Laurence Slavin, a partner at specialist medical accountants Ramsay Brown and Partners, said it was 'common' for GPs to query their payments from PCTs each month.
But he warned that as PCTs slash staff in preparation for mergers they would be unable to deal with queries from GP practices that believed they had been underpaid. Some London PCTs he dealt with were planning to cut hundreds of staff, Mr Slavin said.
Meanwhile, the National Association of Primary Care (NAPC) urged GP consortia to talk to PCTs about clustering to prevent problems.
Mr Slavin said GPs may have to wait months for underpayments to be remedied, leaving some with cashflow problems.
'GPs are concerned that the pace of change is such that there won't be individuals in the PCTs able to deal with their queries,' he said.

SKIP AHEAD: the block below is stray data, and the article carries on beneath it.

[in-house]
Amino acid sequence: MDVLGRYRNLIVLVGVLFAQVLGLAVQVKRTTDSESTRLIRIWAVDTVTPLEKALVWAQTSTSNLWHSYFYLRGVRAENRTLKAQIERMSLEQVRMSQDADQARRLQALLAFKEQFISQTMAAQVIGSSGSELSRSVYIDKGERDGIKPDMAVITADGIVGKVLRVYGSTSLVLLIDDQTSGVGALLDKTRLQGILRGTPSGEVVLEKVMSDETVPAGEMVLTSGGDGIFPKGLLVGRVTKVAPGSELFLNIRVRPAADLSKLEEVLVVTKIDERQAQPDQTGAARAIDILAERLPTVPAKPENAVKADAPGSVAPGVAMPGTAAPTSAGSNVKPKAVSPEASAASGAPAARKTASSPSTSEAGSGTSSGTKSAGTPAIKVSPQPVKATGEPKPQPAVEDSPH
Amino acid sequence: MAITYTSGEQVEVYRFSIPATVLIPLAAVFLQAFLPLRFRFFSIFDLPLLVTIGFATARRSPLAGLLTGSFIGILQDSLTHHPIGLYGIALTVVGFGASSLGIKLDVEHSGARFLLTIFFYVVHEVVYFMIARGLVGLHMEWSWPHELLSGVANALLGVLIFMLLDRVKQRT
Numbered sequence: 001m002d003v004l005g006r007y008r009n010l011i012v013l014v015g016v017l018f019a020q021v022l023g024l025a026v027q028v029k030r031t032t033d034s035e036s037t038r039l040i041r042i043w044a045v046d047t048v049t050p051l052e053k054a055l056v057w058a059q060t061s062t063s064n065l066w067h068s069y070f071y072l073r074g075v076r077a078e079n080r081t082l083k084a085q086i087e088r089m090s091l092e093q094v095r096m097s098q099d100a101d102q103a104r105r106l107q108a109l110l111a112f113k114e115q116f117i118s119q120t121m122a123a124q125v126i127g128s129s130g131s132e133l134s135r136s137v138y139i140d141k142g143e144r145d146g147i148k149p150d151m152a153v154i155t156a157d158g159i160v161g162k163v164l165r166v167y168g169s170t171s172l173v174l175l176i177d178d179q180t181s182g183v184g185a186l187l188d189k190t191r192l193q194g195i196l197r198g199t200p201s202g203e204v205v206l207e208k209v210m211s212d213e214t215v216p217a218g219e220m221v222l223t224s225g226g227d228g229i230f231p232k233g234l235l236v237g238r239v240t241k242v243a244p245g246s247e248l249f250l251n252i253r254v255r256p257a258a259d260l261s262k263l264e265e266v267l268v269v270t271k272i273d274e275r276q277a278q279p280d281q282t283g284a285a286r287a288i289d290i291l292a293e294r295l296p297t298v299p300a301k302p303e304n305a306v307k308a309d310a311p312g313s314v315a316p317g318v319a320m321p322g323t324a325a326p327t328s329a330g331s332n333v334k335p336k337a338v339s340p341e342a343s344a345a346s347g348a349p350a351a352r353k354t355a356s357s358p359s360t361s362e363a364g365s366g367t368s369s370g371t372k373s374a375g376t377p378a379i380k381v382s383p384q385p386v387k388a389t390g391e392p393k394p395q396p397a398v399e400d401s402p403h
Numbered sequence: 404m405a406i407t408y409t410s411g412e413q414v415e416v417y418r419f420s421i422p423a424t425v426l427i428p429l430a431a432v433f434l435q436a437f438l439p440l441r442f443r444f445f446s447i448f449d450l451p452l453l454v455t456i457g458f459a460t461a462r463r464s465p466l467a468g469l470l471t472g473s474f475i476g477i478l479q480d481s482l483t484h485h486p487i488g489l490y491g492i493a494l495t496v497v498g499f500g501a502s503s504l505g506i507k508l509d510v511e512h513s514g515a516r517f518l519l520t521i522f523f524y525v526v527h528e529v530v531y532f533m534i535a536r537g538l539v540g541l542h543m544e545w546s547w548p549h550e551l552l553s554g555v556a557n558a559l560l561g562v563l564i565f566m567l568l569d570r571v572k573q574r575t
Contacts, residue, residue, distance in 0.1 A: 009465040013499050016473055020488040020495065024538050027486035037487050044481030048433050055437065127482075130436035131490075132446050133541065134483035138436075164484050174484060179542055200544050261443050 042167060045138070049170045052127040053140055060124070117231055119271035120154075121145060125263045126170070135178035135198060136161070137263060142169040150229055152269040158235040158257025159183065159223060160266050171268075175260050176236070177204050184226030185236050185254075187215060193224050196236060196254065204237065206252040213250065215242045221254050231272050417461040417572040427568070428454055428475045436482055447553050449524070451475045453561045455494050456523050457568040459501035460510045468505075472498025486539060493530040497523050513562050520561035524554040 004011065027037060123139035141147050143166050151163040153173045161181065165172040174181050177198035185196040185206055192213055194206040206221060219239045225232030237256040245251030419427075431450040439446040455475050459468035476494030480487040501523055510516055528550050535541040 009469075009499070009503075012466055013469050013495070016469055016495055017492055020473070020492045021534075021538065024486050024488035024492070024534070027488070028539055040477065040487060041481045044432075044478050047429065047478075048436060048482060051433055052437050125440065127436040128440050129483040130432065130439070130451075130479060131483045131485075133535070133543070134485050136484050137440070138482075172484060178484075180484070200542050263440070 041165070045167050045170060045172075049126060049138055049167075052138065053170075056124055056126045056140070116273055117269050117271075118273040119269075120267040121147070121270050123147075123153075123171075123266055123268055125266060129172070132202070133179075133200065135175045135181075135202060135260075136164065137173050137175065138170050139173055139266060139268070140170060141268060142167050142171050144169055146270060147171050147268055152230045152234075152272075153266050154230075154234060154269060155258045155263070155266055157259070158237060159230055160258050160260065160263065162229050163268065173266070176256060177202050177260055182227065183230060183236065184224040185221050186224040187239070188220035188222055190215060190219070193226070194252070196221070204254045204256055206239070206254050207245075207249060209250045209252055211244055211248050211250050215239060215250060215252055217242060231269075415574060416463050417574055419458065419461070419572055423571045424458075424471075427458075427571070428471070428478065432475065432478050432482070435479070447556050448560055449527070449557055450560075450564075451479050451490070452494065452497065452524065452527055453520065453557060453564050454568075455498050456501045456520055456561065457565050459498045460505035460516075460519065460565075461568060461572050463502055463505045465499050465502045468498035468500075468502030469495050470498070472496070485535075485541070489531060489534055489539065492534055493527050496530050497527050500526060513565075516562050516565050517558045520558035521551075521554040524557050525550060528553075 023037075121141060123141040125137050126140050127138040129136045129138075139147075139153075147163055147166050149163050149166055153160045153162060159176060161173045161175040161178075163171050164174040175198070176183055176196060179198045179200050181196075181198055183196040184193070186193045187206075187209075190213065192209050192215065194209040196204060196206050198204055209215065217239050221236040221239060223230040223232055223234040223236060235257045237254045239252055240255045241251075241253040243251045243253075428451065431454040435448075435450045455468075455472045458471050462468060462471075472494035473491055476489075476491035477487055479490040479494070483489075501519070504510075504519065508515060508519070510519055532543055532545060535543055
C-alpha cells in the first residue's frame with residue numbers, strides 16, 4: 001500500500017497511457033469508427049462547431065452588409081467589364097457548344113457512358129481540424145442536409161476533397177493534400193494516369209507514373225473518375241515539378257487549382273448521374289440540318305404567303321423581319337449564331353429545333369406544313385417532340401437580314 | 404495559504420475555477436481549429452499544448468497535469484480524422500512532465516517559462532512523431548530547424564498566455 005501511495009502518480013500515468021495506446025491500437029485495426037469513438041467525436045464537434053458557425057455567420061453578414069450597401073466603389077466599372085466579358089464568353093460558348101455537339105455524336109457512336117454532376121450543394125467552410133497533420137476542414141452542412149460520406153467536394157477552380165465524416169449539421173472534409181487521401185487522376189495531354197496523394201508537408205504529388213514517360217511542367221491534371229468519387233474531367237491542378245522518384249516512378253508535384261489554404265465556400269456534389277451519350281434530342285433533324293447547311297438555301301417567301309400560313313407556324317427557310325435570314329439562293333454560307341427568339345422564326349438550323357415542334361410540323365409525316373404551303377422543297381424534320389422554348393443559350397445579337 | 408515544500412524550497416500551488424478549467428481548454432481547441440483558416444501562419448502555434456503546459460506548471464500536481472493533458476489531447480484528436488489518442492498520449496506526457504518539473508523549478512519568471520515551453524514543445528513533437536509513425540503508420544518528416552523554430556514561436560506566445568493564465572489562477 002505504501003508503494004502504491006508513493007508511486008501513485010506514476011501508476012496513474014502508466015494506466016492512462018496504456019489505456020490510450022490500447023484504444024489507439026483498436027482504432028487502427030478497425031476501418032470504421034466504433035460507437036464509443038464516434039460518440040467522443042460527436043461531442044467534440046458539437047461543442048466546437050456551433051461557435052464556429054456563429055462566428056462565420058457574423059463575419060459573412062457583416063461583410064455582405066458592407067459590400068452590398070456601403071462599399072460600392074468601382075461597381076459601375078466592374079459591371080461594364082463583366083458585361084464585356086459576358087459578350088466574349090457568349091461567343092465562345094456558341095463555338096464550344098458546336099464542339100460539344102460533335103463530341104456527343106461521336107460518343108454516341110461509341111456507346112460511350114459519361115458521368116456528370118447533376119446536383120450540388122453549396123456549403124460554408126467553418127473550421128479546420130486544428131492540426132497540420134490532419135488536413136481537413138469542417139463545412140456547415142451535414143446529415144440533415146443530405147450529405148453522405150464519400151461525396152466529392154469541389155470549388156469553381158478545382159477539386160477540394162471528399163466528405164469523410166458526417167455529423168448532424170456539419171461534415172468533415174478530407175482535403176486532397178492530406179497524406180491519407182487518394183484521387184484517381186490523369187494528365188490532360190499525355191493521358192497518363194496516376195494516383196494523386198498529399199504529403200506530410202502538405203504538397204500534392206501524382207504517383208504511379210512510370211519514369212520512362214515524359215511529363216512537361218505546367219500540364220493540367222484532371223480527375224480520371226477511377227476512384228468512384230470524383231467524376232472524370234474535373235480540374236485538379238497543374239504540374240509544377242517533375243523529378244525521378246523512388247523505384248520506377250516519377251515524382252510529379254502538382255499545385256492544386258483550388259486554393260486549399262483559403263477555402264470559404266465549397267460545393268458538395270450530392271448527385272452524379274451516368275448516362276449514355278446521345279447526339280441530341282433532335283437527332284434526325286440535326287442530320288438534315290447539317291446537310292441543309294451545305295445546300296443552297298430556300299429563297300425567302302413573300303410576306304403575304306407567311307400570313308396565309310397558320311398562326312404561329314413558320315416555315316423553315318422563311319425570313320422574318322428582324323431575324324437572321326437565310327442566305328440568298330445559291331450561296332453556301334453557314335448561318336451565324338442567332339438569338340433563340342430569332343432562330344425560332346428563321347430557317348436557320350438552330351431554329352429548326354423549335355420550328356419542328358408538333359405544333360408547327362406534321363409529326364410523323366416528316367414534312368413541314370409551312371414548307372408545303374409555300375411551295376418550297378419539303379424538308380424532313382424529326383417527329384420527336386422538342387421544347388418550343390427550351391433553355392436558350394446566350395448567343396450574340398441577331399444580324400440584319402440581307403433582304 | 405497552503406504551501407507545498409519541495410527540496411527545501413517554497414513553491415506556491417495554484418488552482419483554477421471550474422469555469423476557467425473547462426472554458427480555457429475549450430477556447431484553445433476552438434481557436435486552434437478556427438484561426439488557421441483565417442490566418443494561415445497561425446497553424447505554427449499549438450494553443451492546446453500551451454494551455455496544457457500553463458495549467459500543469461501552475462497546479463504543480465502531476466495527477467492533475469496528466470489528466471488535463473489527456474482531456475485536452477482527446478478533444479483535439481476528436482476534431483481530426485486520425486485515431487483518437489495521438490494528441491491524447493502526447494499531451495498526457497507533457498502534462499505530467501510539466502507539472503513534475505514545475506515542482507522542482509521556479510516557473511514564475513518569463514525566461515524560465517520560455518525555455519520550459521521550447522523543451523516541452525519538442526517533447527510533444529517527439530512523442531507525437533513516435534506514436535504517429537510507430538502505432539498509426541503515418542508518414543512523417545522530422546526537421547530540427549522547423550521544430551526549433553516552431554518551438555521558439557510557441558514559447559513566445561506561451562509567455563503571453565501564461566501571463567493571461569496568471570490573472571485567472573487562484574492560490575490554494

'If they have queries about their income or they haven't been paid for something then there won't be anyone at the PCT to sort it out.'
GPC negotiator Dr Beth McCarron-Nash said she was aware that some PCTs were finding it 'exceptionally difficult', but added the situation was variable.
She said: 'Some PCTs have been described as imploding, but in other areas PCTs are continuing to function well.'
But Dr McCarron-Nash said it 'makes sense' for PCTs to cluster in order to manage their functions.
Meanwhile, the NAPC has urged GP consortia to take an 'active interest' in the establishment of PCT clusters.
NAPC chairman Dr Johnny Marshall said GP involvement in plans to merge PCTs was vital to ensure that they will be able to continue to provide support to GP consortia.
Dr Charles Alessi, a GP in Surrey and a member of NAPC's executive, said the association was talking with SHAs to ensure GPs have a say in the role and functions of PCT clusters.